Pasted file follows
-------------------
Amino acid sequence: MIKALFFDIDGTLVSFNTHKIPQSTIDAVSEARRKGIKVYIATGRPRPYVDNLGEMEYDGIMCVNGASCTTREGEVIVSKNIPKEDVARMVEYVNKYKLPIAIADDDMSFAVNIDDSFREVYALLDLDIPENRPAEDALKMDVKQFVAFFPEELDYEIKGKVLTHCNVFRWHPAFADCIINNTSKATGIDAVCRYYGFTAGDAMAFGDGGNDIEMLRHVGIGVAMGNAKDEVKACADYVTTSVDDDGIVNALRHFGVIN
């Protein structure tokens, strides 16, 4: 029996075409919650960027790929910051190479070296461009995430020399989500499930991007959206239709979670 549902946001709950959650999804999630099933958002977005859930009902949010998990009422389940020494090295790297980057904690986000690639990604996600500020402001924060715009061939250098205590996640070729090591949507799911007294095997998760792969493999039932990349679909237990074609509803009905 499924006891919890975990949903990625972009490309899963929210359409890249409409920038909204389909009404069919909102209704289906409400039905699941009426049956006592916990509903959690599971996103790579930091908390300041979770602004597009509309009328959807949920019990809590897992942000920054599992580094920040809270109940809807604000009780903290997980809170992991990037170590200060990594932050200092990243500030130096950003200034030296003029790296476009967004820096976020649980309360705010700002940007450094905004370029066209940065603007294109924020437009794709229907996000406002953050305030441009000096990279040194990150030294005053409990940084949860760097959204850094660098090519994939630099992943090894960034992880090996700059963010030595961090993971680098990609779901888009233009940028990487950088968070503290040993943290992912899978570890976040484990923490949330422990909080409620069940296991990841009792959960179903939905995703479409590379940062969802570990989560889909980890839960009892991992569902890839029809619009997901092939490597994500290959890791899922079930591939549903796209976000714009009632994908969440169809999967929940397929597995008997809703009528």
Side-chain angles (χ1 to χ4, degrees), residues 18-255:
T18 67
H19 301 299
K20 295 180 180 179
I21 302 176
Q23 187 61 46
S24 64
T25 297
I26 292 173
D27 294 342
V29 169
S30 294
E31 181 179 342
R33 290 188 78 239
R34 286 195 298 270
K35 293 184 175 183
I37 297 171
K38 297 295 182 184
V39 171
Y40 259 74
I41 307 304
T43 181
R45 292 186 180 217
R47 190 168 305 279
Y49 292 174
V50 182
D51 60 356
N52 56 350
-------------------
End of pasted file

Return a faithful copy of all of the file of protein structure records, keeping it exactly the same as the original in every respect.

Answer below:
Amino acid sequence: MIKALFFDIDGTLVSFNTHKIPQSTIDAVSEARRKGIKVYIATGRPRPYVDNLGEMEYDGIMCVNGASCTTREGEVIVSKNIPKEDVARMVEYVNKYKLPIAIADDDMSFAVNIDDSFREVYALLDLDIPENRPAEDALKMDVKQFVAFFPEELDYEIKGKVLTHCNVFRWHPAFADCIINNTSKATGIDAVCRYYGFTAGDAMAFGDGGNDIEMLRHVGIGVAMGNAKDEVKACADYVTTSVDDDGIVNALRHFGVIN
């Protein structure tokens, strides 16, 4: 029996075409919650960027790929910051190479070296461009995430020399989500499930991007959206239709979670 549902946001709950959650999804999630099933958002977005859930009902949010998990009422389940020494090295790297980057904690986000690639990604996600500020402001924060715009061939250098205590996640070729090591949507799911007294095997998760792969493999039932990349679909237990074609509803009905 499924006891919890975990949903990625972009490309899963929210359409890249409409920038909204389909009404069919909102209704289906409400039905699941009426049956006592916990509903959690599971996103790579930091908390300041979770602004597009509309009328959807949920019990809590897992942000920054599992580094920040809270109940809807604000009780903290997980809170992991990037170590200060990594932050200092990243500030130096950003200034030296003029790296476009967004820096976020649980309360705010700002940007450094905004370029066209940065603007294109924020437009794709229907996000406002953050305030441009000096990279040194990150030294005053409990940084949860760097959204850094660098090519994939630099992943090894960034992880090996700059963010030595961090993971680098990609779901888009233009940028990487950088968070503290040993943290992912899978570890976040484990923490949330422990909080409620069940296991990841009792959960179903939905995703479409590379940062969802570990989560889909980890839960009892991992569902890839029809619009997901092939490597994500290959890791899922079930591939549903796209976000714009009632994908969440169809999967929940397929597995008997809703009528």
Side-chain angles (χ1 to χ4, degrees), residues 18-255:
T18 67
H19 301 299
K20 295 180 180 179
I21 302 176
Q23 187 61 46
S24 64
T25 297
I26 292 173
D27 294 342
V29 169
S30 294
E31 181 179 342
R33 290 188 78 239
R34 286 195 298 270
K35 293 184 175 183
I37 297 171
K38 297 295 182 184
V39 171
Y40 259 74
I41 307 304
T43 181
R45 292 186 180 217
R47 190 168 305 279
Y49 292 174
V50 182
D51 60 356
N52 56 350